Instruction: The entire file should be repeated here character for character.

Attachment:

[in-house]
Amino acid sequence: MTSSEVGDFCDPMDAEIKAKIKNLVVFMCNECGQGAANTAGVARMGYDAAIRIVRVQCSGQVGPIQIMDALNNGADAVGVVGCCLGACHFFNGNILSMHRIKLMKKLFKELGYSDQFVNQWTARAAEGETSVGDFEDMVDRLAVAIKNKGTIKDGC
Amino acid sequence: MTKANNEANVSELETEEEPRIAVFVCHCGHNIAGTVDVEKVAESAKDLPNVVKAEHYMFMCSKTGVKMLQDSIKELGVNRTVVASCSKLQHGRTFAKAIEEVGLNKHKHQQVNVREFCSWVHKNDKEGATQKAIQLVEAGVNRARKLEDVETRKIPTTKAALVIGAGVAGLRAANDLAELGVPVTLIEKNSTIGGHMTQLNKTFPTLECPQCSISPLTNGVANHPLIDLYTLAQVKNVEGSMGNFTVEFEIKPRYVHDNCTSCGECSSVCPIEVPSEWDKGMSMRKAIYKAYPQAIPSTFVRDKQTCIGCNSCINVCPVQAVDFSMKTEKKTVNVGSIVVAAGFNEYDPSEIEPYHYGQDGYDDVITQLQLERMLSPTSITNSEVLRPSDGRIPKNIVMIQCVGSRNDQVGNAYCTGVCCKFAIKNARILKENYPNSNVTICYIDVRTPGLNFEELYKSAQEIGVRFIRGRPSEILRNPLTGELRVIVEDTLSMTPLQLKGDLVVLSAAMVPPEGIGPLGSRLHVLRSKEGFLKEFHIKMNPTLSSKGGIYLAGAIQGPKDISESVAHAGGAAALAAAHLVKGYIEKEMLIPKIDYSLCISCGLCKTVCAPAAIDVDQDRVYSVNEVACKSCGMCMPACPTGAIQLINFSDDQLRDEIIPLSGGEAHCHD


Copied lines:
[in-house]
Amino acid sequence: MTSSEVGDFCDPMDAEIKAKIKNLVVFMCNECGQGAANTAGVARMGYDAAIRIVRVQCSGQVGPIQIMDALNNGADAVGVVGCCLGACHFFNGNILSMHRIKLMKKLFKELGYSDQFVNQWTARAAEGETSVGDFEDMVDRLAVAIKNKGTIKDGC
Amino acid sequence: MTKANNEANVSELETEEEPRIAVFVCHCGHNIAGTVDVEKVAESAKDLPNVVKAEHYMFMCSKTGVKMLQDSIKELGVNRTVVASCSKLQHGRTFAKAIEEVGLNKHKHQQVNVREFCSWVHKNDKEGATQKAIQLVEAGVNRARKLEDVETRKIPTTKAALVIGAGVAGLRAANDLAELGVPVTLIEKNSTIGGHMTQLNKTFPTLECPQCSISPLTNGVANHPLIDLYTLAQVKNVEGSMGNFTVEFEIKPRYVHDNCTSCGECSSVCPIEVPSEWDKGMSMRKAIYKAYPQAIPSTFVRDKQTCIGCNSCINVCPVQAVDFSMKTEKKTVNVGSIVVAAGFNEYDPSEIEPYHYGQDGYDDVITQLQLERMLSPTSITNSEVLRPSDGRIPKNIVMIQCVGSRNDQVGNAYCTGVCCKFAIKNARILKENYPNSNVTICYIDVRTPGLNFEELYKSAQEIGVRFIRGRPSEILRNPLTGELRVIVEDTLSMTPLQLKGDLVVLSAAMVPPEGIGPLGSRLHVLRSKEGFLKEFHIKMNPTLSSKGGIYLAGAIQGPKDISESVAHAGGAAALAAAHLVKGYIEKEMLIPKIDYSLCISCGLCKTVCAPAAIDVDQDRVYSVNEVACKSCGMCMPACPTGAIQLINFSDDQLRDEIIPLSGGEAHCHD